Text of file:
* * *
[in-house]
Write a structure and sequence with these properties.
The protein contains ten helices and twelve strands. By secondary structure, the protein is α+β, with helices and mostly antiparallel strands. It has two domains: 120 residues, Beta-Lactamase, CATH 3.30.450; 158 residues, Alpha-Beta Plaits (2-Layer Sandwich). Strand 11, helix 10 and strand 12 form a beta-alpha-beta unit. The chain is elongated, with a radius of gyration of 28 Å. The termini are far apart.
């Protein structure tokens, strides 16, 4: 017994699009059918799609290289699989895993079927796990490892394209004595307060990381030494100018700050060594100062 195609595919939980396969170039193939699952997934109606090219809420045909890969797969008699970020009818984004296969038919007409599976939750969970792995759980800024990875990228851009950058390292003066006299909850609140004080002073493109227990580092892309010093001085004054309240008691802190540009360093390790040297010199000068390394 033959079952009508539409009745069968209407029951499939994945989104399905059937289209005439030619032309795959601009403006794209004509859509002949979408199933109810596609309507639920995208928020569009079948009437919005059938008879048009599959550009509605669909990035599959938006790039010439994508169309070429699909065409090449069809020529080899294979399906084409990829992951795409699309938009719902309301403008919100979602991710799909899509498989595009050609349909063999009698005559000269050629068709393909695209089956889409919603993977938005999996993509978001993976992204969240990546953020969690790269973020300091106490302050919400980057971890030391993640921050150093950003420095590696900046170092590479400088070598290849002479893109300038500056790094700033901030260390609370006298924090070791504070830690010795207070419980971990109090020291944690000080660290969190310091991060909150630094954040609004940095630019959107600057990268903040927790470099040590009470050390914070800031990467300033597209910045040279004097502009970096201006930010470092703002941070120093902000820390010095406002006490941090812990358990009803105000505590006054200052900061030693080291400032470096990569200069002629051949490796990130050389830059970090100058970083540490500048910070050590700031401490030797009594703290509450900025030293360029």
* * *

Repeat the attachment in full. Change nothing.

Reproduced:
[in-house]
Write a structure and sequence with these properties.
The protein contains ten helices and twelve strands. By secondary structure, the protein is α+β, with helices and mostly antiparallel strands. It has two domains: 120 residues, Beta-Lactamase, CATH 3.30.450; 158 residues, Alpha-Beta Plaits (2-Layer Sandwich). Strand 11, helix 10 and strand 12 form a beta-alpha-beta unit. The chain is elongated, with a radius of gyration of 28 Å. The termini are far apart.
């Protein structure tokens, strides 16, 4: 017994699009059918799609290289699989895993079927796990490892394209004595307060990381030494100018700050060594100062 195609595919939980396969170039193939699952997934109606090219809420045909890969797969008699970020009818984004296969038919007409599976939750969970792995759980800024990875990228851009950058390292003066006299909850609140004080002073493109227990580092892309010093001085004054309240008691802190540009360093390790040297010199000068390394 033959079952009508539409009745069968209407029951499939994945989104399905059937289209005439030619032309795959601009403006794209004509859509002949979408199933109810596609309507639920995208928020569009079948009437919005059938008879048009599959550009509605669909990035599959938006790039010439994508169309070429699909065409090449069809020529080899294979399906084409990829992951795409699309938009719902309301403008919100979602991710799909899509498989595009050609349909063999009698005559000269050629068709393909695209089956889409919603993977938005999996993509978001993976992204969240990546953020969690790269973020300091106490302050919400980057971890030391993640921050150093950003420095590696900046170092590479400088070598290849002479893109300038500056790094700033901030260390609370006298924090070791504070830690010795207070419980971990109090020291944690000080660290969190310091991060909150630094954040609004940095630019959107600057990268903040927790470099040590009470050390914070800031990467300033597209910045040279004097502009970096201006930010470092703002941070120093902000820390010095406002006490941090812990358990009803105000505590006054200052900061030693080291400032470096990569200069002629051949490796990130050389830059970090100058970083540490500048910070050590700031401490030797009594703290509450900025030293360029």